How a Vermont farmer proved no snowflakes are the same

No two snowflakes are alike. You probably knew it at an early age.

But you may not know the person who discovered it.

This lesson can be traced back to Wilson Bentley, a farmer from Jericho, Vermont, who in 1885 became the first person to successfully photograph a single snow crystal (the ice that makes up a snowflake).

After years of trial and error, Bentley was able to capture the intricate details of the snow crystals using a compound microscope attached to his bellows camera. During his lifetime, he went on to photograph more than 5,000 of these “ice flowers” – no duplicates were ever found – and the photographs are still fascinating today.


Each snow crystal has a common six-sided, or hexagonal, structure — that’s how frozen water molecules arrange themselves — but they’re always different from each other, because each snow crystal falls from the sky in its own unique way and forms in the Its surface experiences slightly different atmospheric conditions from down-to-earth.

Some of their arms may appear long and thin. Others may appear short and flat or somewhere in between. The possibilities are endless and fascinating.

“Under the microscope I have found snowflakes to be marvels of beauty; it seems a disgrace that such beauty should not be seen and admired by others,” Bentley said in 1925. “”Each crystal is a masterpiece of design, and no design is repeated. When a snowflake melts, that design is gone forever. Just so much goodness gone, leaving no record. “

Because of his life’s work, Bentley eventually came to be known as “Snowflake” Bentley, and many photographs of him can be seen today at the historic landmark Old Moulin Rouge in Jericho.

The factory’s Snowflake Bentley exhibit also includes his cameras and microscopes.

“He had the mind of a scientist and the soul of a poet, and you could see that in his writing,” said Sue Richardson, Bentley’s great-grandniece and vice-president of the board of the Jericho Historical Society. “Over the years he has written numerous articles for scientific publications and other magazines such as Harper’s Bazaar and National Geographic.

“He also kept very detailed weather records and a very detailed diary of every photo he took of the snow crystals – temperature, humidity, which part of the storm came from. He kept very detailed information, and then he kept Both these weather records and the theory he developed about how snow crystals form in the atmosphere proved to be correct.”


Richardson’s grandmother, Bentley’s favorite niece, had his camera and other items that are now part of the exhibit, Richardson said.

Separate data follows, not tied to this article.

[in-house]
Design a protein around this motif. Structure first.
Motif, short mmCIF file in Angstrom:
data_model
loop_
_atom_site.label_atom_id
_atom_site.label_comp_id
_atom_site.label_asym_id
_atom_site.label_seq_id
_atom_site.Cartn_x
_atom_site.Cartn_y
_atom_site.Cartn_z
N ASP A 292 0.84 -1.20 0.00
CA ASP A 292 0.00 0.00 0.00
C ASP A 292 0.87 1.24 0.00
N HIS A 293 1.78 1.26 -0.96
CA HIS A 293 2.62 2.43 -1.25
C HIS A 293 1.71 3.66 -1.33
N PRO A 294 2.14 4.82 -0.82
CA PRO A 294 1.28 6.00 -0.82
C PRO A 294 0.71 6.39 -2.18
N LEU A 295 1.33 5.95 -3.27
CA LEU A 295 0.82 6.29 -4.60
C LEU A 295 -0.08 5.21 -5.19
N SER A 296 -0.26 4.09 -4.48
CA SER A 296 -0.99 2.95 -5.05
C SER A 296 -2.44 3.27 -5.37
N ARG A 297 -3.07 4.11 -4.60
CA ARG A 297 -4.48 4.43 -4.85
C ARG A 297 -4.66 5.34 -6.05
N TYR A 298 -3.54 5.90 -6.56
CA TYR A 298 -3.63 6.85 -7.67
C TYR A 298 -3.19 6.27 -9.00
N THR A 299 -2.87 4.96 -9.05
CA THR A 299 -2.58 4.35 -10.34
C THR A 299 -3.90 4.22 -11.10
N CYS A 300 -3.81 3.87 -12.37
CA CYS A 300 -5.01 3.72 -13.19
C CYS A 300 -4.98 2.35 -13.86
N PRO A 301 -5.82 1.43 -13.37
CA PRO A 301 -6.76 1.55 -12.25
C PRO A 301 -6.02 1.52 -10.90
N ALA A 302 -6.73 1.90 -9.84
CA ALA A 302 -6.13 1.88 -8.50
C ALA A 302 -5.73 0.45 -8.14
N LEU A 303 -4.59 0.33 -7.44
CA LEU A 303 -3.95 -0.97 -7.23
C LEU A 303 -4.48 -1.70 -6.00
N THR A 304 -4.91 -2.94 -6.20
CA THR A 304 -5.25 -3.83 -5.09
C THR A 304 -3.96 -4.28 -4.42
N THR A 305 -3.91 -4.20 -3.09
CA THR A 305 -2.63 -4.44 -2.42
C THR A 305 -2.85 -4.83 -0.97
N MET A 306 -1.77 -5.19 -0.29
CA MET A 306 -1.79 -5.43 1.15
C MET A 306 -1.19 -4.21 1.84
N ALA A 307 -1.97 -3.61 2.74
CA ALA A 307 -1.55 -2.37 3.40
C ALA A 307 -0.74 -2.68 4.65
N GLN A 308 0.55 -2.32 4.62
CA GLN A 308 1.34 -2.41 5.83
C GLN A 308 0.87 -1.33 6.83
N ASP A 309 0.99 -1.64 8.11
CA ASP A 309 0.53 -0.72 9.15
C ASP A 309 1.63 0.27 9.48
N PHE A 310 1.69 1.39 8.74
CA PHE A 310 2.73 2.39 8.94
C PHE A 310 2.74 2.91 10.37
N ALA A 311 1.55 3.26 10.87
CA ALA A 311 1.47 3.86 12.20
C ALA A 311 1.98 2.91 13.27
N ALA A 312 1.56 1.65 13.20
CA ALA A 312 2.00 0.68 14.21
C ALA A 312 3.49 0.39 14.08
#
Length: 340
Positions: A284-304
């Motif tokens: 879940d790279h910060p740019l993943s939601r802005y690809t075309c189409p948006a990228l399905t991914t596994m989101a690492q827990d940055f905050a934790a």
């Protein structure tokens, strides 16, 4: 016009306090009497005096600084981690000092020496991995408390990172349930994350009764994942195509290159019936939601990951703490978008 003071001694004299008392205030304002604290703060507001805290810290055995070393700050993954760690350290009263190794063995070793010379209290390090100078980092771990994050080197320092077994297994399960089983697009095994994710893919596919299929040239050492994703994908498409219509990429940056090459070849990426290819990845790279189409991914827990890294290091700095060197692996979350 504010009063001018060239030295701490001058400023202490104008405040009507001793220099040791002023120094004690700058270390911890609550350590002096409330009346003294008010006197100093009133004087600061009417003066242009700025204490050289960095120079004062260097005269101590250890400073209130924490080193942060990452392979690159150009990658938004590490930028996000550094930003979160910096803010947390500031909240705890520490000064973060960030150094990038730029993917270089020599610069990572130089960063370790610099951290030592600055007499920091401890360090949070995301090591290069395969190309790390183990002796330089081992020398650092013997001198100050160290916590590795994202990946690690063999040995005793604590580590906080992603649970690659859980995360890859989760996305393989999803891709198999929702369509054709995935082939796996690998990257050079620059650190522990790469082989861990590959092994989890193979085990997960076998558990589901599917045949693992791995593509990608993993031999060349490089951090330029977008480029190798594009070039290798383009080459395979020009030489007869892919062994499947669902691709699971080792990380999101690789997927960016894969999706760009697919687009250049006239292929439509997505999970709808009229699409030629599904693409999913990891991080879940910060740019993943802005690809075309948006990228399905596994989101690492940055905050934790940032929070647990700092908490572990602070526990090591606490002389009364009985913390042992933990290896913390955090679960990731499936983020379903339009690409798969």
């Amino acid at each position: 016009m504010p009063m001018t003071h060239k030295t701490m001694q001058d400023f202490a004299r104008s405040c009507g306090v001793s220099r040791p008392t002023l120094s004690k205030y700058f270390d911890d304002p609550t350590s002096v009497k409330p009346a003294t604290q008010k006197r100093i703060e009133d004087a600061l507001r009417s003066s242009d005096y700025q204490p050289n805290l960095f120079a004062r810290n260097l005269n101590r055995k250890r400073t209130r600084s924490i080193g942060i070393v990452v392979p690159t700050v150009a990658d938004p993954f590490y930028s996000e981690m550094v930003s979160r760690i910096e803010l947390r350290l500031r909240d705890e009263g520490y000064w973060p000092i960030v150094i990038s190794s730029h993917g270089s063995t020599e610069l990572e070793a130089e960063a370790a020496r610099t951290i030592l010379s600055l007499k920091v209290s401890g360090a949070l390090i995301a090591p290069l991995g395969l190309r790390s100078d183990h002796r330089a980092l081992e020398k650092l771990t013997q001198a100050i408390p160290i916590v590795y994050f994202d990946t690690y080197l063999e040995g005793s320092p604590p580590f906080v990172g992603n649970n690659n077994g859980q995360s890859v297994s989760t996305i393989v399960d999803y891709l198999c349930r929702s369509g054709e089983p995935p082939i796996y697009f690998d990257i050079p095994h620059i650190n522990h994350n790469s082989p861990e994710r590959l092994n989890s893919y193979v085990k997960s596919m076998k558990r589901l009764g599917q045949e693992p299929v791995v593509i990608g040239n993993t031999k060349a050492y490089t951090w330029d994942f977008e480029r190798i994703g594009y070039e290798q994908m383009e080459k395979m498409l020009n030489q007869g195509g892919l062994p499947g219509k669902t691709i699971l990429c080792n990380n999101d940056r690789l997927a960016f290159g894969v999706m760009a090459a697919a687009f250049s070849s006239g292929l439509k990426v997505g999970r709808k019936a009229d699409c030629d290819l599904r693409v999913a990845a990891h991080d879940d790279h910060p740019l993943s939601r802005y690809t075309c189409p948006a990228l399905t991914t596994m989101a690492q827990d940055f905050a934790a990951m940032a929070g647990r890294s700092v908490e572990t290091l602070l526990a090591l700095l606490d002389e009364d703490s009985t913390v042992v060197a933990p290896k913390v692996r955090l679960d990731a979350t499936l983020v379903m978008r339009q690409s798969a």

“I grew up in the family and heard the stories of Uncle Willie, he was well known in the family,” Richardson said. “It’s been a part of my life for as long as I can remember.”

Bentley never had any formal education, she said. His mother was a teacher before they married, so she taught Willie and his younger brother Charles at home.

“When he was 15, his mother gave him an old microscope from teaching,” Richardson said. “He looked at everything under it, from blades of grass, leaves, insects, petals and small rocks. But the first time he saw a snow crystal below, he was mesmerized. Just beautiful, intricate details. He Completely addicted.”

However, capturing these snow crystals on camera is not easy. Richardson said it took Bentley nearly three years to figure out how to pull off a successful photo shoot — and he did it a month before his 20th birthday.

The first hurdle was figuring out how to attach the microscope to the camera. Then there’s the challenge of taking a photo of each crystal before it melts.

“He was working in an unheated log shed at the back of the house. He had to do it,” Richardson said. “Microscope slides, everything, have to be at ambient temperature or they’ll melt” crystals.

Bentley would go outside with a wooden pallet painted black, trying to catch falling snowflakes. He would wear heavy mittens to keep the heat from his hands. He’d hold his breath as he used a broom straw to transfer snow onto cold microscope slides. He would use a turkey feather to press the flakes onto the glass. Light can only come in through a small window in the wooden shed.

“In this work, of course, location is everything, and no one can achieve much except those who live in arctic climates or in regions with long, harsh winters,” Bentley wrote in Popular Mechanics in 1922 wrote.


Bentley died in 1931 at the age of 66, but his legacy lives on with his groundbreaking images, which paved the way for generations of scientific photographers. In addition to the Jericho exhibit, many of his photographs, as well as detailed records and journals, are part of the Smithsonian Institution’s archives.

His image also appears in prints, jewelry and Christmas decorations. A children’s book about him won a Caldecott Medal in 1999.

“It’s fascinating that people are still so fascinated by his work after all these years,” Richardson said. “You grow up knowing that these snowflakes are delicate, beautiful things. When you see the actual photo, you say, ‘Oh my gosh. “”


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